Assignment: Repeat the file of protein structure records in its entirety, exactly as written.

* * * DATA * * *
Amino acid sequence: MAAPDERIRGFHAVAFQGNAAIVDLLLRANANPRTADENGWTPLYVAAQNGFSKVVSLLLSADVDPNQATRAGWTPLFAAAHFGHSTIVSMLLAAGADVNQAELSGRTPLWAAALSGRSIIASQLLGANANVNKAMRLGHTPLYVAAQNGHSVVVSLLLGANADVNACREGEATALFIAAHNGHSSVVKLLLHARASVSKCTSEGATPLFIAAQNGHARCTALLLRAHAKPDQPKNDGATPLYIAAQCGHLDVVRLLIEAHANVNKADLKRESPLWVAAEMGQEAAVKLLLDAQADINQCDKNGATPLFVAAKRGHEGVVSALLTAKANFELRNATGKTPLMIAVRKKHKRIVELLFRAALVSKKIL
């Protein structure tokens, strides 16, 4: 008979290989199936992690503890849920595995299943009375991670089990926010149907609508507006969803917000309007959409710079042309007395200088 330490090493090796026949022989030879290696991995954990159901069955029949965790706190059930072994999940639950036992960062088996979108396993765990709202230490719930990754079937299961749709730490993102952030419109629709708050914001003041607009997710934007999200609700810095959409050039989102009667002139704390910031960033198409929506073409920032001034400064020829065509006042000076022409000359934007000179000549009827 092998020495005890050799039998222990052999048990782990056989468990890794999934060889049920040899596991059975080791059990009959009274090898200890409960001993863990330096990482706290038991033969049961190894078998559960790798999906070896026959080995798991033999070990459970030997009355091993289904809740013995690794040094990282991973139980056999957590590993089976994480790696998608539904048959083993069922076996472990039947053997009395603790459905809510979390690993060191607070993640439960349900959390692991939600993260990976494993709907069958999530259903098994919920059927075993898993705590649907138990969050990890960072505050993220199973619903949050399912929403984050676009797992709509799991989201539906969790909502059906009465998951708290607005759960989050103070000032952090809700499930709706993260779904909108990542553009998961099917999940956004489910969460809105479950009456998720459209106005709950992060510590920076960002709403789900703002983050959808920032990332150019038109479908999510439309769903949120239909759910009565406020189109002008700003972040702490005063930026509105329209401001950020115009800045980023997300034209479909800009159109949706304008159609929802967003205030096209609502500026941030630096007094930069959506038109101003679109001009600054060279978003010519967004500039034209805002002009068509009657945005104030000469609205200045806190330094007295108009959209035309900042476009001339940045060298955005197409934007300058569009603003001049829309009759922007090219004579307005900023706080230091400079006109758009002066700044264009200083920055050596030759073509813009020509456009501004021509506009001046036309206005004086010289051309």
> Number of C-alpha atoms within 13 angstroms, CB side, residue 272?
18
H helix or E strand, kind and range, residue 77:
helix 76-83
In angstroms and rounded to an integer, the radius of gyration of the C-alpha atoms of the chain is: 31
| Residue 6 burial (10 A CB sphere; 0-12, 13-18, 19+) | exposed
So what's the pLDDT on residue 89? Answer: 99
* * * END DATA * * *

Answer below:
Amino acid sequence: MAAPDERIRGFHAVAFQGNAAIVDLLLRANANPRTADENGWTPLYVAAQNGFSKVVSLLLSADVDPNQATRAGWTPLFAAAHFGHSTIVSMLLAAGADVNQAELSGRTPLWAAALSGRSIIASQLLGANANVNKAMRLGHTPLYVAAQNGHSVVVSLLLGANADVNACREGEATALFIAAHNGHSSVVKLLLHARASVSKCTSEGATPLFIAAQNGHARCTALLLRAHAKPDQPKNDGATPLYIAAQCGHLDVVRLLIEAHANVNKADLKRESPLWVAAEMGQEAAVKLLLDAQADINQCDKNGATPLFVAAKRGHEGVVSALLTAKANFELRNATGKTPLMIAVRKKHKRIVELLFRAALVSKKIL
């Protein structure tokens, strides 16, 4: 008979290989199936992690503890849920595995299943009375991670089990926010149907609508507006969803917000309007959409710079042309007395200088 330490090493090796026949022989030879290696991995954990159901069955029949965790706190059930072994999940639950036992960062088996979108396993765990709202230490719930990754079937299961749709730490993102952030419109629709708050914001003041607009997710934007999200609700810095959409050039989102009667002139704390910031960033198409929506073409920032001034400064020829065509006042000076022409000359934007000179000549009827 092998020495005890050799039998222990052999048990782990056989468990890794999934060889049920040899596991059975080791059990009959009274090898200890409960001993863990330096990482706290038991033969049961190894078998559960790798999906070896026959080995798991033999070990459970030997009355091993289904809740013995690794040094990282991973139980056999957590590993089976994480790696998608539904048959083993069922076996472990039947053997009395603790459905809510979390690993060191607070993640439960349900959390692991939600993260990976494993709907069958999530259903098994919920059927075993898993705590649907138990969050990890960072505050993220199973619903949050399912929403984050676009797992709509799991989201539906969790909502059906009465998951708290607005759960989050103070000032952090809700499930709706993260779904909108990542553009998961099917999940956004489910969460809105479950009456998720459209106005709950992060510590920076960002709403789900703002983050959808920032990332150019038109479908999510439309769903949120239909759910009565406020189109002008700003972040702490005063930026509105329209401001950020115009800045980023997300034209479909800009159109949706304008159609929802967003205030096209609502500026941030630096007094930069959506038109101003679109001009600054060279978003010519967004500039034209805002002009068509009657945005104030000469609205200045806190330094007295108009959209035309900042476009001339940045060298955005197409934007300058569009603003001049829309009759922007090219004579307005900023706080230091400079006109758009002066700044264009200083920055050596030759073509813009020509456009501004021509506009001046036309206005004086010289051309």
> Number of C-alpha atoms within 13 angstroms, CB side, residue 272?
18
H helix or E strand, kind and range, residue 77:
helix 76-83
In angstroms and rounded to an integer, the radius of gyration of the C-alpha atoms of the chain is: 31
| Residue 6 burial (10 A CB sphere; 0-12, 13-18, 19+) | exposed
So what's the pLDDT on residue 89? Answer: 99